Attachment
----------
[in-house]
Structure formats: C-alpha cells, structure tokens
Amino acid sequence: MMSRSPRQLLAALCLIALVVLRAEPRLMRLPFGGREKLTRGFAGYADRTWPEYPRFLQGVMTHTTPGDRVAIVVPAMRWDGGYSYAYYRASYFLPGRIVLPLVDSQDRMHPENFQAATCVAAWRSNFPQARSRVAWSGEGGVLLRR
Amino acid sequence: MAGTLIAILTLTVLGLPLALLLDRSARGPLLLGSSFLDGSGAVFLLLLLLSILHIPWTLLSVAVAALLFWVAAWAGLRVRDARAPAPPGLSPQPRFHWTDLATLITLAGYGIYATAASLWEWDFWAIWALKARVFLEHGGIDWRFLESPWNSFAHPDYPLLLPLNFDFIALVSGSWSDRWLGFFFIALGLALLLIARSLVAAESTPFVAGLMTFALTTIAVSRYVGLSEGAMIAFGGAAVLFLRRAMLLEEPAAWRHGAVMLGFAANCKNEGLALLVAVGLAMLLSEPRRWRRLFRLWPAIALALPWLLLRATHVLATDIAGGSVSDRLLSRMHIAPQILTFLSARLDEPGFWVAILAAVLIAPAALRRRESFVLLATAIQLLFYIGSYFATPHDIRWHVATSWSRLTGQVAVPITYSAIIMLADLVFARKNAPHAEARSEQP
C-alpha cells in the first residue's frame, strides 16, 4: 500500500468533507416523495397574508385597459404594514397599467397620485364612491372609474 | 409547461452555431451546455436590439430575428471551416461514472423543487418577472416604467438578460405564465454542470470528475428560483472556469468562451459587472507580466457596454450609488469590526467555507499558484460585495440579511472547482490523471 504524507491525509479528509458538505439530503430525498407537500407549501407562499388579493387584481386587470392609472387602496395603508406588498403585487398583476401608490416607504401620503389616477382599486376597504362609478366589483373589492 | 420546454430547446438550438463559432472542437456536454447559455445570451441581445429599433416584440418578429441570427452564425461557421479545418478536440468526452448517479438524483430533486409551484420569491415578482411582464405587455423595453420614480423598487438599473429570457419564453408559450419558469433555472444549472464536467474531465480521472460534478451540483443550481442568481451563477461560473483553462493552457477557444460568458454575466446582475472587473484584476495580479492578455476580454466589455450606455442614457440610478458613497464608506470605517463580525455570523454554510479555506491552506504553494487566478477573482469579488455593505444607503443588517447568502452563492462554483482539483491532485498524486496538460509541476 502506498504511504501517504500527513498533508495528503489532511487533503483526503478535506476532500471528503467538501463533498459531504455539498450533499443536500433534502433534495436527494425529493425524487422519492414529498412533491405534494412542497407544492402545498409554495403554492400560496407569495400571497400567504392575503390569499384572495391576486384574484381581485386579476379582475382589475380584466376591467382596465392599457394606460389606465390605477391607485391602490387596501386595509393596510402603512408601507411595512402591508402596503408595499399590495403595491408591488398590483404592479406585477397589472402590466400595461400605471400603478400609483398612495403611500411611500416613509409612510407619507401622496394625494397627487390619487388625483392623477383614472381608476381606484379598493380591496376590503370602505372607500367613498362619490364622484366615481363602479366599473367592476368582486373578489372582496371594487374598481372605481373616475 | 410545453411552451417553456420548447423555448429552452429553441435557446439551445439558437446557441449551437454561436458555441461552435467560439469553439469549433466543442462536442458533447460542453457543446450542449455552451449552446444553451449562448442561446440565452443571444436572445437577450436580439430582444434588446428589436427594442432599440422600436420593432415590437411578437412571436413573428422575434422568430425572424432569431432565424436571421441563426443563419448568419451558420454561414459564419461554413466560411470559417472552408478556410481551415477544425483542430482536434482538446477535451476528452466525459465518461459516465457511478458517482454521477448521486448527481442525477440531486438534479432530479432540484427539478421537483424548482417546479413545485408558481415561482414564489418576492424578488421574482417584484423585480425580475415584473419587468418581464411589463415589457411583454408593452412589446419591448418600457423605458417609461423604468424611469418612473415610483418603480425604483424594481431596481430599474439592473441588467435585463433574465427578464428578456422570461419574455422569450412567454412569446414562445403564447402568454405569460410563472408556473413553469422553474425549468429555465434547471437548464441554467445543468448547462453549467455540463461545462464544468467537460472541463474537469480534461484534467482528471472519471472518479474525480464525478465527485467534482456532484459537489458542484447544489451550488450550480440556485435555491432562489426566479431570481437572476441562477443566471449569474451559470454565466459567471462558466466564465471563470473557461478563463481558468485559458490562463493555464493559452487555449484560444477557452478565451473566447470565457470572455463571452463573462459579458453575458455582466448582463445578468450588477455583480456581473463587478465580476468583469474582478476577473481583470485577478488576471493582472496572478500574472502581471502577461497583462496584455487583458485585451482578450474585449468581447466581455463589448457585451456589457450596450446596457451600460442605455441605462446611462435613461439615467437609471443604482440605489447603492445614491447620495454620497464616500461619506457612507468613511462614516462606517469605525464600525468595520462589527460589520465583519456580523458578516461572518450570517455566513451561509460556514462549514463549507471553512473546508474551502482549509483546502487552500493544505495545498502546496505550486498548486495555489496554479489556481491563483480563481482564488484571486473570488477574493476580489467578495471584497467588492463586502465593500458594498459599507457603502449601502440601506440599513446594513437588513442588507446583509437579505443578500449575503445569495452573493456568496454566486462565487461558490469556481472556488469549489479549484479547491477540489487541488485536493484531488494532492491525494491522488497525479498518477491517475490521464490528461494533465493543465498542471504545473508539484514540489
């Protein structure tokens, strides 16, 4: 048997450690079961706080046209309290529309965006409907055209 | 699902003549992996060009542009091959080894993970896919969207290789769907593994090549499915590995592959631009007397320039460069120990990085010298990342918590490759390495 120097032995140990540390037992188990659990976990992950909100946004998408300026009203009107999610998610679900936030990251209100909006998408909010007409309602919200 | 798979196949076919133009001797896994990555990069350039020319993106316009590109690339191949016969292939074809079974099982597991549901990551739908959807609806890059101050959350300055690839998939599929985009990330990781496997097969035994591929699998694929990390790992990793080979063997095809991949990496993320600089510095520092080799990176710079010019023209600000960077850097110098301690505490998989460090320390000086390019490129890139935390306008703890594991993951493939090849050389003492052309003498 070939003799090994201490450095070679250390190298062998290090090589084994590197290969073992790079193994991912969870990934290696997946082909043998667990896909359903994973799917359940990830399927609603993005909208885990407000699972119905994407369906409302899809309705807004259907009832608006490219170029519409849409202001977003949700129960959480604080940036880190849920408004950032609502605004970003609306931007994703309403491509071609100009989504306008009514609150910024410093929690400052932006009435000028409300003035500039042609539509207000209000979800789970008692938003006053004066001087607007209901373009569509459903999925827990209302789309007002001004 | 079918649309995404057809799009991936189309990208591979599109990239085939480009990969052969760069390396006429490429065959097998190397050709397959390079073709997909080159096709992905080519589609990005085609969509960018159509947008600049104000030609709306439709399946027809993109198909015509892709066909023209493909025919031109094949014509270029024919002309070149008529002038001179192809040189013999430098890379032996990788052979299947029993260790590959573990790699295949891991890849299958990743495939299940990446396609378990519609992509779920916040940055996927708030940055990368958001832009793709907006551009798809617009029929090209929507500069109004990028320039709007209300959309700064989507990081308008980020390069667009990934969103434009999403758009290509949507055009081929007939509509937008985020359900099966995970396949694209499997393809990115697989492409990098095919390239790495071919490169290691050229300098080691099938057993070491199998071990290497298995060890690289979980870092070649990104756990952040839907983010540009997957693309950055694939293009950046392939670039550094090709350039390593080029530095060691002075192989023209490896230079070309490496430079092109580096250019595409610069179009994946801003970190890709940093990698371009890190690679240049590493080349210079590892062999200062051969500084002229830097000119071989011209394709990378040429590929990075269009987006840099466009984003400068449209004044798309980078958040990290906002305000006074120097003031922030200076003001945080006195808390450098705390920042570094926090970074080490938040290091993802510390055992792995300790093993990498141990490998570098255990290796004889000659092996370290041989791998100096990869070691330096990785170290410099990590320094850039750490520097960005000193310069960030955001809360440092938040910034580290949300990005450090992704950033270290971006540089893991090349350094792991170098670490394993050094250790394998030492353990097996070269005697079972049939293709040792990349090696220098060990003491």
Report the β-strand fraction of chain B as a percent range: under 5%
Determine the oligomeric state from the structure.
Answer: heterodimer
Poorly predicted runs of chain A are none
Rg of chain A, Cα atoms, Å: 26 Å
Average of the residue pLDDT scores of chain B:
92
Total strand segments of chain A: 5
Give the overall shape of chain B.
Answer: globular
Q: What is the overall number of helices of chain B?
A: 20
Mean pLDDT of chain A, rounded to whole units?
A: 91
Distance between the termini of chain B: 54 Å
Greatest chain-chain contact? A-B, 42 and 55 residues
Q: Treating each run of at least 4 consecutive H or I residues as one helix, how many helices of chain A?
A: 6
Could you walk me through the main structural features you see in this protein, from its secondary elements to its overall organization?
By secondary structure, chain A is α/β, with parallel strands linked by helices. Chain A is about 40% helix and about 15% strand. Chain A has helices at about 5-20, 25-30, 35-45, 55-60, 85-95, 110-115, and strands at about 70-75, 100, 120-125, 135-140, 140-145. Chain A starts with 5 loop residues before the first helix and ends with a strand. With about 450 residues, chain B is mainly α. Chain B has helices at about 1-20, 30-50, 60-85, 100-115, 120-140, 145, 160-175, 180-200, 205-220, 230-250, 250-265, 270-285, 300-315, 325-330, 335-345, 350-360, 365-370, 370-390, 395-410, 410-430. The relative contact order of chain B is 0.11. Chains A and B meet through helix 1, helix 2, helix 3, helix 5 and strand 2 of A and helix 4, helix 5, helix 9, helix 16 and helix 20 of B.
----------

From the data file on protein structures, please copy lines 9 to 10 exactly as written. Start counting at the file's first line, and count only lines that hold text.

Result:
Answer: heterodimer
Poorly predicted runs of chain A are none